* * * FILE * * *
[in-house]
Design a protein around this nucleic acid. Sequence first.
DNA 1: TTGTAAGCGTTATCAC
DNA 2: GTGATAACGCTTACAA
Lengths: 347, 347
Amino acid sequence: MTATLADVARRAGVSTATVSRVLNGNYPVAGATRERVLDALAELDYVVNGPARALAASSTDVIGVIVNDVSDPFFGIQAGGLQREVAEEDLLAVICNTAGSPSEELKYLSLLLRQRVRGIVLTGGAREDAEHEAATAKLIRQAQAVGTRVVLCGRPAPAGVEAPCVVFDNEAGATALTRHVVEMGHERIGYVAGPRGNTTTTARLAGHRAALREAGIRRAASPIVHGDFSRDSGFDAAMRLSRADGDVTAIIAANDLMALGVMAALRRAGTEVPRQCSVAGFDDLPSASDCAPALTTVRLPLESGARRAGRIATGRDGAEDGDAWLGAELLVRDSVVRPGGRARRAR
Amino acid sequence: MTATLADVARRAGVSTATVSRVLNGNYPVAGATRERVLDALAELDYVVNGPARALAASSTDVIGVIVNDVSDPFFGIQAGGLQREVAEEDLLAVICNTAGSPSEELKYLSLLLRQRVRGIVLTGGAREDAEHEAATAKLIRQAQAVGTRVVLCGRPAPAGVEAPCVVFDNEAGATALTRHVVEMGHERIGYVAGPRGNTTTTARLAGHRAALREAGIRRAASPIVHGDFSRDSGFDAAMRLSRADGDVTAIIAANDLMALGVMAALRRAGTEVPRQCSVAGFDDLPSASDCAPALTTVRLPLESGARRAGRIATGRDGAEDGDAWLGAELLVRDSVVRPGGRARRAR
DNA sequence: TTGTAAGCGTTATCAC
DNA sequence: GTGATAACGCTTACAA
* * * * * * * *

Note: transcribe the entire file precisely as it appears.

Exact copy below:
[in-house]
Design a protein around this nucleic acid. Sequence first.
DNA 1: TTGTAAGCGTTATCAC
DNA 2: GTGATAACGCTTACAA
Lengths: 347, 347
Amino acid sequence: MTATLADVARRAGVSTATVSRVLNGNYPVAGATRERVLDALAELDYVVNGPARALAASSTDVIGVIVNDVSDPFFGIQAGGLQREVAEEDLLAVICNTAGSPSEELKYLSLLLRQRVRGIVLTGGAREDAEHEAATAKLIRQAQAVGTRVVLCGRPAPAGVEAPCVVFDNEAGATALTRHVVEMGHERIGYVAGPRGNTTTTARLAGHRAALREAGIRRAASPIVHGDFSRDSGFDAAMRLSRADGDVTAIIAANDLMALGVMAALRRAGTEVPRQCSVAGFDDLPSASDCAPALTTVRLPLESGARRAGRIATGRDGAEDGDAWLGAELLVRDSVVRPGGRARRAR
Amino acid sequence: MTATLADVARRAGVSTATVSRVLNGNYPVAGATRERVLDALAELDYVVNGPARALAASSTDVIGVIVNDVSDPFFGIQAGGLQREVAEEDLLAVICNTAGSPSEELKYLSLLLRQRVRGIVLTGGAREDAEHEAATAKLIRQAQAVGTRVVLCGRPAPAGVEAPCVVFDNEAGATALTRHVVEMGHERIGYVAGPRGNTTTTARLAGHRAALREAGIRRAASPIVHGDFSRDSGFDAAMRLSRADGDVTAIIAANDLMALGVMAALRRAGTEVPRQCSVAGFDDLPSASDCAPALTTVRLPLESGARRAGRIATGRDGAEDGDAWLGAELLVRDSVVRPGGRARRAR
DNA sequence: TTGTAAGCGTTATCAC
DNA sequence: GTGATAACGCTTACAA